FSA Youth Loans, Along With Changes to the Loan Program

The Farm Service Agency has released a new Fact Sheet about updates to various loan programs under the new Farm Bill.  The changes in the Youth Loans are interesting and open the door to agricultural to many more individuals.

But before discussing the changes, what exactly are Youth Loans?  Youth Loans are loans to individuals to establish and operate moderate sized projects that produce income in connection with participation in programs such as 4-H, Future Farmers of America, or similar programs.  The project must be part of an organized and supervised program of work designed to provide practical business and education experience.  Furthermore, the project must be planned and operated with the help of an adviser from the organization and produce sufficient income to repay the loan.

You need to be between 10 and 20 years old to qualify for a Youth Loan.  The maximum loan amount is $5,000.  The loan can be used to purchase livestock, seed, equipment and supplies; buy, rent, or repair needed tools and/or equipment; and pay operating expenses for the project.

What are the latest changes?  First, Youth Loans no longer have a rural residency requirement.  This means that a person otherwise eligible for a Youth Loan but who resided in Omaha is now eligible for a youth loan to assist with agricultural projects or business.  With the growth of urban agriculture and interest in smaller operations, the elimination of the residency requirement is good news for encouraging even younger beginning farmers to enter the profession.

Second, debt forgiveness on Youth Loans will not prevent the borrower from receiving other federal loans.  Importantly, this includes federal student loans.  Further, if delinquent on a Youth Loan, a borrower is eligible for federal student loans.

If you have any questions about Youth Loans or FSA loans in general, you are welcome to contact us!



The Farm Bill moves forward and some other notes of possible interest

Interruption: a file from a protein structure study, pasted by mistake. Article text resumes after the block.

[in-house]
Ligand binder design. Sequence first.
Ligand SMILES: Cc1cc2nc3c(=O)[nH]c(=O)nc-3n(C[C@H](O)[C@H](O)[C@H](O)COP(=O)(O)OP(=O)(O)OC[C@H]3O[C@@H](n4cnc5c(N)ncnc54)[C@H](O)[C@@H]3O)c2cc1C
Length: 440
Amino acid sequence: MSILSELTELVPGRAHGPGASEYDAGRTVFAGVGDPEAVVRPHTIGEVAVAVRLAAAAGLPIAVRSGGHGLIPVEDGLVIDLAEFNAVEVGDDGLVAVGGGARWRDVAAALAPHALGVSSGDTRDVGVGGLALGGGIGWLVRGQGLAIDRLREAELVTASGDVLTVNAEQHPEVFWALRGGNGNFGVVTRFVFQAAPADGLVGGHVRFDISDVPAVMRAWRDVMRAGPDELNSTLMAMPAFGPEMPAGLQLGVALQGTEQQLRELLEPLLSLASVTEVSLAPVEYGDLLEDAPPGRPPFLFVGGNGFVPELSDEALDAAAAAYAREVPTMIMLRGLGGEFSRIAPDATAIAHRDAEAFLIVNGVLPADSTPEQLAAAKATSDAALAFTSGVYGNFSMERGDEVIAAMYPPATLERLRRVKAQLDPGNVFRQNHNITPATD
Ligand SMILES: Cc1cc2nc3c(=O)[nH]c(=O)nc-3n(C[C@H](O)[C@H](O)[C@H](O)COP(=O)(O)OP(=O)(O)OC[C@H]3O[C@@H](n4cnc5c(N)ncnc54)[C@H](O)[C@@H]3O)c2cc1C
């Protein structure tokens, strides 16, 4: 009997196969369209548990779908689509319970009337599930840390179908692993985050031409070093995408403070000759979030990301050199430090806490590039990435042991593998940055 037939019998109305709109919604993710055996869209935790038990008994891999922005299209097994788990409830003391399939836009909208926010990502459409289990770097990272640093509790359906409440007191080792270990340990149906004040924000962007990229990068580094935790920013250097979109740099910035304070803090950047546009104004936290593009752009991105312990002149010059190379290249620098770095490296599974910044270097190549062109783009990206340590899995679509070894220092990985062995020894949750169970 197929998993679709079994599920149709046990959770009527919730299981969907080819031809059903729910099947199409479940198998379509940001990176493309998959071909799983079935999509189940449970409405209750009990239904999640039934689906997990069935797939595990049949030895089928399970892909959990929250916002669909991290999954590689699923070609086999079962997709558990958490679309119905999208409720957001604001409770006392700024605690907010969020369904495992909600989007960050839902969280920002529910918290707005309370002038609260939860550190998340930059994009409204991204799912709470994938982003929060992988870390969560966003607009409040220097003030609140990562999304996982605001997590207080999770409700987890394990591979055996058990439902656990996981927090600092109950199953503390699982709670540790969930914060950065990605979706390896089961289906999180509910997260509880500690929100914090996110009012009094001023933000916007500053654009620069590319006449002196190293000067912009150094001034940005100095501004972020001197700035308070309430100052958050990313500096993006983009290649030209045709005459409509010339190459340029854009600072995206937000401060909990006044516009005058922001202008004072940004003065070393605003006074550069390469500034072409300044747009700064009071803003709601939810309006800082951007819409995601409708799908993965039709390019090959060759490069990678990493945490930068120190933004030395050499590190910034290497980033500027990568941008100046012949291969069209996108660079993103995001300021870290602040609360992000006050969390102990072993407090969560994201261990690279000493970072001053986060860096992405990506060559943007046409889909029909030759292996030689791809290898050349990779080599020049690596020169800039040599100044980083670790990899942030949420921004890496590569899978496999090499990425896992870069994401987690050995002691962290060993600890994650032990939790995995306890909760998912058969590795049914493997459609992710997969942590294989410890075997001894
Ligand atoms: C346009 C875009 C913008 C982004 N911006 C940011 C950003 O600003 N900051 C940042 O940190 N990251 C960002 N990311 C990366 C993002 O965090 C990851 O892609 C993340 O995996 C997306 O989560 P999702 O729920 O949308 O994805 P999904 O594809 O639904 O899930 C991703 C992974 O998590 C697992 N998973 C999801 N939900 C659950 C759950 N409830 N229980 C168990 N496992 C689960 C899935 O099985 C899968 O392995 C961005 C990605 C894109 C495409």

Farm Bill Update:

The last time we checked in with the Farm Bill, it was nearing passage in the House.  A week later, where are we?

First, the Farm Bill did pass in the House and moved to the Senate.  The Senate is advancing towards final passage of the Farm Bill today.  The linked article also delves into details about the new crop insurance program and the consequences for farmers.  Of note, the Farm Bill is passing with wide bipartisan majorities in both the House and Senate.

President Obama is expected to sign the Farm Bill.

Over the next few weeks, we will explore the new crop insurance programs included in the Farm Bill and the possible ramifications to your operation.

Other Possible News of Interest:

A government shutdown and no Farm Bill

It is easy to conflate the government shutdown with the lack of passage of the Farm Bill.  However, while the expiration of the Farm Bill and government shutdown occurred on the same date (October 1), they are, in fact, two separate albeit related issues.  Lets go through the status of each:

Government Shutdown:

There is not much more to say other than it continues.  As of this writing, the Senate is hammering out a potential deal to re-open the government and extend the debt ceiling.  The government shutdown continues to delay direct payments and other programs, as discussed previously.

Farm Bill:

The Farm Bill actually expired two years ago and, until October 1, a continuing resolution was in place.  As of today, the House has named its conferees, in response to the Senate’s naming of conferees.  There is some speculation that the Farm Bill could be part of a larger package to reopen the government.  One of the few areas of agreement between the Senate-passed bill and House-passed bill is the reduction of crop insurance subsidies for high-income earners.  Otherwise, for a complete run-down of the Farm Bill status, click here.


Update on government shutdown for agriculture

Well, the government shutdown continues, with the Farm Bill also stalled.  What are the implications for agriculture?

The government shutdown and the Farm Bill

As discussed in Tuesday’s post, the Farm Bill also expired Tuesday.  What does that mean for farmers and ranchers?

We know that most USDA offices are closed during the shutdown.  This means you cannot seek assistance from, for example, the Farm Service Agency or National Resources Conservation Service because the offices are closed.  In pragmatic terms, this means items such as loan applications are not being processed by the Farm Service Agency.  Direct payments may also be impacted.  A list of programs that expired on October 1st and the implications is here.

Also, conferees have been appointed from the Senate to discuss the Farm Bill.  The House has not yet appointed conferees.  Conferees would allow the House and Senate to hold a conference committee in an attempt to resolve differences between the Farm Bills passed in the House and Senate respectively.  When more information is available, we will update you.